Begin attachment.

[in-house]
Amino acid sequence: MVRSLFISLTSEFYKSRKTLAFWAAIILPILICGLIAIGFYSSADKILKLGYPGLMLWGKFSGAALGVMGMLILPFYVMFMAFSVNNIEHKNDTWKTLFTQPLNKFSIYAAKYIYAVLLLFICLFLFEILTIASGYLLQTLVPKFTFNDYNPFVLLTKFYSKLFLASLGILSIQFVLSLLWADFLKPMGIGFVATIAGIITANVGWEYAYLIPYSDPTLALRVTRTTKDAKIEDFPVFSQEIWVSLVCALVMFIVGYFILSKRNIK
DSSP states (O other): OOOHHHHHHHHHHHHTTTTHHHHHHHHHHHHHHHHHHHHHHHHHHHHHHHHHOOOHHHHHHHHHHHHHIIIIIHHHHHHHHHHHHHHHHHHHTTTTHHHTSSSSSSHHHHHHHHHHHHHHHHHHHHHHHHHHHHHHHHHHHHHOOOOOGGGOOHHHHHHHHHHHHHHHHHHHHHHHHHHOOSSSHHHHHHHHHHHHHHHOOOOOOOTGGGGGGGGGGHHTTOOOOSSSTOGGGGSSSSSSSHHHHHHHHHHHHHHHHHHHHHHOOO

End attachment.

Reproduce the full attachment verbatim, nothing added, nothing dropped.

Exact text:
[in-house]
Amino acid sequence: MVRSLFISLTSEFYKSRKTLAFWAAIILPILICGLIAIGFYSSADKILKLGYPGLMLWGKFSGAALGVMGMLILPFYVMFMAFSVNNIEHKNDTWKTLFTQPLNKFSIYAAKYIYAVLLLFICLFLFEILTIASGYLLQTLVPKFTFNDYNPFVLLTKFYSKLFLASLGILSIQFVLSLLWADFLKPMGIGFVATIAGIITANVGWEYAYLIPYSDPTLALRVTRTTKDAKIEDFPVFSQEIWVSLVCALVMFIVGYFILSKRNIK
DSSP states (O other): OOOHHHHHHHHHHHHTTTTHHHHHHHHHHHHHHHHHHHHHHHHHHHHHHHHHOOOHHHHHHHHHHHHHIIIIIHHHHHHHHHHHHHHHHHHHTTTTHHHTSSSSSSHHHHHHHHHHHHHHHHHHHHHHHHHHHHHHHHHHHHHOOOOOGGGOOHHHHHHHHHHHHHHHHHHHHHHHHHHOOSSSHHHHHHHHHHHHHHHOOOOOOOTGGGGGGGGGGHHTTOOOOSSSTOGGGGSSSSSSSHHHHHHHHHHHHHHHHHHHHHHOOO